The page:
4. Start taking tax deductions for retirement right now
You can also get another important tax deduction to reduce what you pay -- while setting yourself up for a secure future. This deduction comes from investing in retirement accounts.
If you have access to a 401(k) at work, you can contribute and take a tax deduction for up to $19,000 in 2019. Regardless of whether you have a workplace 401(k) or not, you could also contribute up to $6,000 to an IRA and deduct the amount you contribute. Later in your career, those amounts go up, with those 50 or older getting to save $25,000 in a 401(k) and $7,000 in an IRA for 2019. While there are income limits for IRA contributions if you or your spouse is covered by a retirement plan at work, you can make 401(k) contributions no matter how much you earn.
Deductions for contributions to retirement plans can be taken even if you don't itemize on your taxes. And they can be worth a lot. If you're in the 22% tax bracket and you contribute $6,000 to max out your IRA, you'll save $1,320 on your federal tax bill. And if you're a new grad and make this $6,000 contribution at age 21, that $6,000 will be worth more than $118,000 by age 65, assuming a 7% annual rate of return.
5. Keep your tax paperwork together
As tax time approaches, you'll probably get lots of tax paperwork in the mail. This can include a 1099 from each company you work for as an independent contractor, as well as a W-2 from your employer, and statements showing your student loan interest or retirement plan contributions.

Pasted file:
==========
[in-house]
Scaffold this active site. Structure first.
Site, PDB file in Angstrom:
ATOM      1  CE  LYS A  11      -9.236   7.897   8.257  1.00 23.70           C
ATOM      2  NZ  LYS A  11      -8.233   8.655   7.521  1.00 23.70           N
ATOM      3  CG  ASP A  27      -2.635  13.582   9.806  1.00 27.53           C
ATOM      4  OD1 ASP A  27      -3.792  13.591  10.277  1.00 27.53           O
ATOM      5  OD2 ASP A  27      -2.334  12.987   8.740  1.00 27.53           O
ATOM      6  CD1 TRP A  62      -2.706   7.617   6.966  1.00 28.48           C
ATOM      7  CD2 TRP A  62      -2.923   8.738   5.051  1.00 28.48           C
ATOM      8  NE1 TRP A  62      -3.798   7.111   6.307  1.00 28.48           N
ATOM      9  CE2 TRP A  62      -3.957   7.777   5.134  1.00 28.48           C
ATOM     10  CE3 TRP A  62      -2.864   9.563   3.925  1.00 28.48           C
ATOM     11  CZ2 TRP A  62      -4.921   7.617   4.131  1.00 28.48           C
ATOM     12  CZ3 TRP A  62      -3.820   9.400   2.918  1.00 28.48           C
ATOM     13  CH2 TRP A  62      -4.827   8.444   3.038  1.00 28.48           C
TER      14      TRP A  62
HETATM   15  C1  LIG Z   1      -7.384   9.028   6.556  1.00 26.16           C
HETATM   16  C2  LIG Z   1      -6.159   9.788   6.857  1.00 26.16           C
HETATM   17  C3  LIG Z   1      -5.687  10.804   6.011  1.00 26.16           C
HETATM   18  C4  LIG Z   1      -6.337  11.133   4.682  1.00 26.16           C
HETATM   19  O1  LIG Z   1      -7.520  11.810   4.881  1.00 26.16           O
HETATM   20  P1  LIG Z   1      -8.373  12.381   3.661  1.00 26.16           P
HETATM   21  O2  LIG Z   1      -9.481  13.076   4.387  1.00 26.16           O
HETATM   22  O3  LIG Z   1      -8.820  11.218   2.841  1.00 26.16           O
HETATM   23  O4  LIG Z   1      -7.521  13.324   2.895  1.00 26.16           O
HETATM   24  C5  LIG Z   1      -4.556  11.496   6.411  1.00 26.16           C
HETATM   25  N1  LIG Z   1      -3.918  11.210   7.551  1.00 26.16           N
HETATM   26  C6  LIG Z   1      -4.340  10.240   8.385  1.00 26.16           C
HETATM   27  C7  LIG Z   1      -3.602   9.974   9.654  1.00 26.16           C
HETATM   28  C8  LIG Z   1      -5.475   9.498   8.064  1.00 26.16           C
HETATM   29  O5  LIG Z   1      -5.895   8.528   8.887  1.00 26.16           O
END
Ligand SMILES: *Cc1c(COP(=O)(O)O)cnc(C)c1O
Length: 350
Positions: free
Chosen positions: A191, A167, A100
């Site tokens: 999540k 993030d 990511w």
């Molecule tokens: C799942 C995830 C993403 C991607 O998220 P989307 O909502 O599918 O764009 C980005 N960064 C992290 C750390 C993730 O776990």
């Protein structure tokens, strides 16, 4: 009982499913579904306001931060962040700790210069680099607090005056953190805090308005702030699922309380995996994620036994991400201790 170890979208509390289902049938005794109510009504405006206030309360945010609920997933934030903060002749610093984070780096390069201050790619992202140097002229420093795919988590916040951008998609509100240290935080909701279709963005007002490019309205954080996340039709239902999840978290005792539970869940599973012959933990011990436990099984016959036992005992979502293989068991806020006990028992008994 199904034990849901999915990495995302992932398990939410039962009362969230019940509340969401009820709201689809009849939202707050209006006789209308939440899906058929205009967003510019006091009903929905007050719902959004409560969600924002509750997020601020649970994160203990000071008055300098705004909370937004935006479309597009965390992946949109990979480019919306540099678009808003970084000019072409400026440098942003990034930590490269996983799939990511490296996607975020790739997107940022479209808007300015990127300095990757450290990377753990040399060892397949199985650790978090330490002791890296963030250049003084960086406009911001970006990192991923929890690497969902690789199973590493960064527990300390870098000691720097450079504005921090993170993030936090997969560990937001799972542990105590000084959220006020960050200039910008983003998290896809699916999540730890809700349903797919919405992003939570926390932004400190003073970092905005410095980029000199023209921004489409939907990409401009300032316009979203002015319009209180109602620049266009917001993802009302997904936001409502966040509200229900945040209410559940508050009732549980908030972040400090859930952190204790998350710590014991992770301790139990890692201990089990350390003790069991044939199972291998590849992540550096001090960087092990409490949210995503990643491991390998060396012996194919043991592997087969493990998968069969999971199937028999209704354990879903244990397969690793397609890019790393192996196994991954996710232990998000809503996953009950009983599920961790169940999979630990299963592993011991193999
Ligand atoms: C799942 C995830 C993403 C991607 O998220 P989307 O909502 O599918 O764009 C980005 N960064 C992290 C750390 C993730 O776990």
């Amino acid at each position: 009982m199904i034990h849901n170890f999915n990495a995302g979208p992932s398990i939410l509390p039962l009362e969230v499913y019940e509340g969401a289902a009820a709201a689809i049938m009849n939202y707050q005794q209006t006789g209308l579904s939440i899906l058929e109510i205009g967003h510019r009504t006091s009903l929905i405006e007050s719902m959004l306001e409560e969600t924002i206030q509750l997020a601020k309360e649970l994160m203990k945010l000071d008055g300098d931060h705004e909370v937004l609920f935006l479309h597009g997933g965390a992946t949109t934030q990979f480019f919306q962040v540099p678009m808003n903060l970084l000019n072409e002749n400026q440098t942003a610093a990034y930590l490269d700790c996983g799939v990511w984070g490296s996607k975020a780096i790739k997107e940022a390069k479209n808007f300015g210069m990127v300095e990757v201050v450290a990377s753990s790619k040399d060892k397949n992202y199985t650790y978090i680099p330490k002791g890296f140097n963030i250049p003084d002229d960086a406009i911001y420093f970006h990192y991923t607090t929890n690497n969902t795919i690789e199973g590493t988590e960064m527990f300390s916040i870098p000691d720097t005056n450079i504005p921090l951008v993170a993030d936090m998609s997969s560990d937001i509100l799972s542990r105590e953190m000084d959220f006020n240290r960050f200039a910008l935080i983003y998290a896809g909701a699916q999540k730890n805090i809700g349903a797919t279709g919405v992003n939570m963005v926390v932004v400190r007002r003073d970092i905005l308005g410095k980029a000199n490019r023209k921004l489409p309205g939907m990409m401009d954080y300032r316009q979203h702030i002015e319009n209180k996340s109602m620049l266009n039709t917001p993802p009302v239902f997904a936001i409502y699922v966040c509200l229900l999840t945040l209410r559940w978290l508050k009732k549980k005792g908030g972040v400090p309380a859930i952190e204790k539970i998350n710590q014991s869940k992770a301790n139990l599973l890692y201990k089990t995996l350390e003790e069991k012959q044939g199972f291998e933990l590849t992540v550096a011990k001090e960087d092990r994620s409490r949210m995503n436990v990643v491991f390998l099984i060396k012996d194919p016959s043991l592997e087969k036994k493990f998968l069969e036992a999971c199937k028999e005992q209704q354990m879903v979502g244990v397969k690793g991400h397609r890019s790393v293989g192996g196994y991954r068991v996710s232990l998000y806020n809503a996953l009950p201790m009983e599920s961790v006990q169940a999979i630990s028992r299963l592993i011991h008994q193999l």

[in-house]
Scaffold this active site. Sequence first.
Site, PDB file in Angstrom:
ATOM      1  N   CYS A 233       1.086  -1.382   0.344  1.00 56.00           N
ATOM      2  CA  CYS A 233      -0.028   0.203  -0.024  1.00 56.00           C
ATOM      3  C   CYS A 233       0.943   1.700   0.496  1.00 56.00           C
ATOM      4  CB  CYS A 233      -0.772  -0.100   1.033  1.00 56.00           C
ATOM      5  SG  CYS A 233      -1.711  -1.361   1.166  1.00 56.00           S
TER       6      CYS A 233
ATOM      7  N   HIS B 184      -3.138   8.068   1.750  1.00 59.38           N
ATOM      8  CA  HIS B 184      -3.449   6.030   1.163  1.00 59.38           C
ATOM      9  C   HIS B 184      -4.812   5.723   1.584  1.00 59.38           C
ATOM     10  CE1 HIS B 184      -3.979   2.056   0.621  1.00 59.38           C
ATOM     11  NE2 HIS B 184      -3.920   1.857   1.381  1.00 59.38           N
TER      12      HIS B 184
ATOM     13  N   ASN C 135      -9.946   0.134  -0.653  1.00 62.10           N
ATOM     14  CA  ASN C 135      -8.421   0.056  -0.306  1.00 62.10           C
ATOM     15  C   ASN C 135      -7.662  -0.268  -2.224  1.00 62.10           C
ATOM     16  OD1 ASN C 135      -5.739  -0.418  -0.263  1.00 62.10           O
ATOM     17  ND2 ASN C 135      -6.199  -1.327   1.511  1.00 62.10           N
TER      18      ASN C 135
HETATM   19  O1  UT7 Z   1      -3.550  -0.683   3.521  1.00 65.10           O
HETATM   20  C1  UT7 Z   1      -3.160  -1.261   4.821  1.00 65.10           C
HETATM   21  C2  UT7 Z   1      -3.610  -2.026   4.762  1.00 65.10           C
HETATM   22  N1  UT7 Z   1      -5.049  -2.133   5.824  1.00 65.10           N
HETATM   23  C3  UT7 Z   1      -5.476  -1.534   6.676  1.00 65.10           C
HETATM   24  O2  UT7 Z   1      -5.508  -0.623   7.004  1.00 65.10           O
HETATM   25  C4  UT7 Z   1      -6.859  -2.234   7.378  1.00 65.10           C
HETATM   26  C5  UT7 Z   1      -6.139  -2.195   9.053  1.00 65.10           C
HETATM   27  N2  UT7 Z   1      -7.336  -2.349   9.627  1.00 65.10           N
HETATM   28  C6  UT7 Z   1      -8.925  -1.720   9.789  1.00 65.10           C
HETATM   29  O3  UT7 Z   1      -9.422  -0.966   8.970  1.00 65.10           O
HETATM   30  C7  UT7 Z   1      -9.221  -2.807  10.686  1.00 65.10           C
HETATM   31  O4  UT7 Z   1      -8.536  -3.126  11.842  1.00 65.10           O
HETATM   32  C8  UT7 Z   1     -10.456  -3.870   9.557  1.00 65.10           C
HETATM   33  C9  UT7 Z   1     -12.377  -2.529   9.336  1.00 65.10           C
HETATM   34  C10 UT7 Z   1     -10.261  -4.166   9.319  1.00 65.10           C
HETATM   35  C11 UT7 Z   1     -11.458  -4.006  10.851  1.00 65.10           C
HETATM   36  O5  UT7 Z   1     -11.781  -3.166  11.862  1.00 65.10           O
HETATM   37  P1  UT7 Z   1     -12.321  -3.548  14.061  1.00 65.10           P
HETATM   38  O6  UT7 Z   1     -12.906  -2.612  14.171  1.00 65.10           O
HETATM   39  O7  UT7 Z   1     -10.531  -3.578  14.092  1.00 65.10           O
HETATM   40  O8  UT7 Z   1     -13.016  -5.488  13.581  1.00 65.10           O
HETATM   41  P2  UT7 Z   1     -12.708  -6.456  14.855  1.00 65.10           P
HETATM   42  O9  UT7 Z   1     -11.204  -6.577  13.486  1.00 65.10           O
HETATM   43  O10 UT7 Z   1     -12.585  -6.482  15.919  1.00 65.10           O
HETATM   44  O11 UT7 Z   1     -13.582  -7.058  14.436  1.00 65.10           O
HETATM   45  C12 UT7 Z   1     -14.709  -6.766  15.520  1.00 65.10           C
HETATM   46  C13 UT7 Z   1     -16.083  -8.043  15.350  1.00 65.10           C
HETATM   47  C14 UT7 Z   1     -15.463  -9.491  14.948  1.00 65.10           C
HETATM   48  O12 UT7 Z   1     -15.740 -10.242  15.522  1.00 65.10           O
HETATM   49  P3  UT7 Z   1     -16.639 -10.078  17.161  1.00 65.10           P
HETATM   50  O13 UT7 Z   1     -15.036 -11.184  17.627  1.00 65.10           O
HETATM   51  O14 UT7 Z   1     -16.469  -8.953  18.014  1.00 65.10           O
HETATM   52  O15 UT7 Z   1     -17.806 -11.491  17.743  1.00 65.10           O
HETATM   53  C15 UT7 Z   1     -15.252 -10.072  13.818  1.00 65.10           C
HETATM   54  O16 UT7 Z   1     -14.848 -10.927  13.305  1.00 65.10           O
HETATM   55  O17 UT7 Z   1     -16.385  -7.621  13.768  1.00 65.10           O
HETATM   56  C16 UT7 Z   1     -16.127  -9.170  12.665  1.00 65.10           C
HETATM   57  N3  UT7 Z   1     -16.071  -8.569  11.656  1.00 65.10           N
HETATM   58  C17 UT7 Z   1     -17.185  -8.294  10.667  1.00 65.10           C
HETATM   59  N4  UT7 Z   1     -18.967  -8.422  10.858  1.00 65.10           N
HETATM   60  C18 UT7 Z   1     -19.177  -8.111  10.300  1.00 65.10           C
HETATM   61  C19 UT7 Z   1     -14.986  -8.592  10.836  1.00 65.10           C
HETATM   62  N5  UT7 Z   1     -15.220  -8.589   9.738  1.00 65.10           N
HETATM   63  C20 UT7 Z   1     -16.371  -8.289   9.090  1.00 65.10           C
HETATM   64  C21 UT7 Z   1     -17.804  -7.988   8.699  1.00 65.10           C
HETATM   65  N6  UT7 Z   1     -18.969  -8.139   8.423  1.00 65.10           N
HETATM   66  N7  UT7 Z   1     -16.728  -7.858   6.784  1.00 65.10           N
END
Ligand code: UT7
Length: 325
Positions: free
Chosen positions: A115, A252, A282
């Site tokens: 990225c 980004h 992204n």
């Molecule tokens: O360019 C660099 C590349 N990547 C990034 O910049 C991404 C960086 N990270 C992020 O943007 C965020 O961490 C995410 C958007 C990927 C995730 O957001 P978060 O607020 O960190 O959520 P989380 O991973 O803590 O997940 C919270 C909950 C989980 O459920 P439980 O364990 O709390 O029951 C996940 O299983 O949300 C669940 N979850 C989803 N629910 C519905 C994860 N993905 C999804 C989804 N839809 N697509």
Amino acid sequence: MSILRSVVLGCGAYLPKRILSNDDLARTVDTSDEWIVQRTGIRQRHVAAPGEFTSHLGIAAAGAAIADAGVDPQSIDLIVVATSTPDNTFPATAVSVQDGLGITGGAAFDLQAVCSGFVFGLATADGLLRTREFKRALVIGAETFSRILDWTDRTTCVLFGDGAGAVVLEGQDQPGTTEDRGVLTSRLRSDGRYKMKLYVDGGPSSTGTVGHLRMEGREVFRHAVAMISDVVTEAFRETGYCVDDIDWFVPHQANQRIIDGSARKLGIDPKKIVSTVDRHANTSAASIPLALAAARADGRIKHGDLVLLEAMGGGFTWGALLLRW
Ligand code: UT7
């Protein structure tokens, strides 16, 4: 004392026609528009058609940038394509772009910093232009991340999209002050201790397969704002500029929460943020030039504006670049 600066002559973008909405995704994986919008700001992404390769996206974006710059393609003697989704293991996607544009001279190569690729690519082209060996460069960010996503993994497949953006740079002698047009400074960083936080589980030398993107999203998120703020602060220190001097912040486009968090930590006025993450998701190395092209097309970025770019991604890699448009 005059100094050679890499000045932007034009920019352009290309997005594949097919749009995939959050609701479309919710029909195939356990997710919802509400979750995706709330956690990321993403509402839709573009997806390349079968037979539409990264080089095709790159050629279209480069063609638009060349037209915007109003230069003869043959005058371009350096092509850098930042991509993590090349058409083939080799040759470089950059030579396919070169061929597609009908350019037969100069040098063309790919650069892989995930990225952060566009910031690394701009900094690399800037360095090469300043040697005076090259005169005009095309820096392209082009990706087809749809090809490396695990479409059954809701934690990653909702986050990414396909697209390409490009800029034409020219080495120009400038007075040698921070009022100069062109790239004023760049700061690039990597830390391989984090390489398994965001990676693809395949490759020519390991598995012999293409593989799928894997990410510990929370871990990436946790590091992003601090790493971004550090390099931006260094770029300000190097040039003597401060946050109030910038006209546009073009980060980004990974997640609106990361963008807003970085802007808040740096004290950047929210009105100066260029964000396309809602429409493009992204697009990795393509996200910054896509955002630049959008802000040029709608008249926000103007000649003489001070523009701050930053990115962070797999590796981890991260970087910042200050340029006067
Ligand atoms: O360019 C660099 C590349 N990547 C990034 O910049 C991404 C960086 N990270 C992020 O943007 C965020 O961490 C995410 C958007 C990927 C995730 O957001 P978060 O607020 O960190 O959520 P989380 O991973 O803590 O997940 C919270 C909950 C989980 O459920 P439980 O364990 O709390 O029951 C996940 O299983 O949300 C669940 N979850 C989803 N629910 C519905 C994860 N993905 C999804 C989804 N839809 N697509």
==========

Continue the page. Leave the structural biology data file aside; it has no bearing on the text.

All this paperwork can become overwhelming, but you'll need to keep it together so you can do your taxes easily -- and to prove your earnings and eligibility for deductions in case you're audited. If you're claiming any other deductions or credits, such as for business expenses as a self-employed worker, be sure to keep all the documents related to these deductions as well.
6. Find a good tax filing program
A good software program will help you file your taxes more easily.
Most new grads don't need to hire an accountant because their taxes aren't that complicated. But tax filing programs can make filing much simpler because good programs walk you through completing your forms -- and they ask you questions in plain language to help you find deductions and credits to claim.
In most cases, if your income is $66,000 or less, you can use tax-filing software for free to file your state return, and sometimes your federal return. Read reviews of programs and consider sampling a few before you decide which software to use to file your taxes. It's easiest not to switch programs once you start using them -- the program will store your information from year to year, making filing easier in the future. So try to start with software you'll want to stick with for the long haul.
Getting your taxes right makes your financial life easier
It's important that you're in full compliance with the IRS -- and that you do everything you can to save on taxes so you don't send the government any more of your hard-earned money than necessary. By following these tips, you'll be ready for your first tax season as a new grad.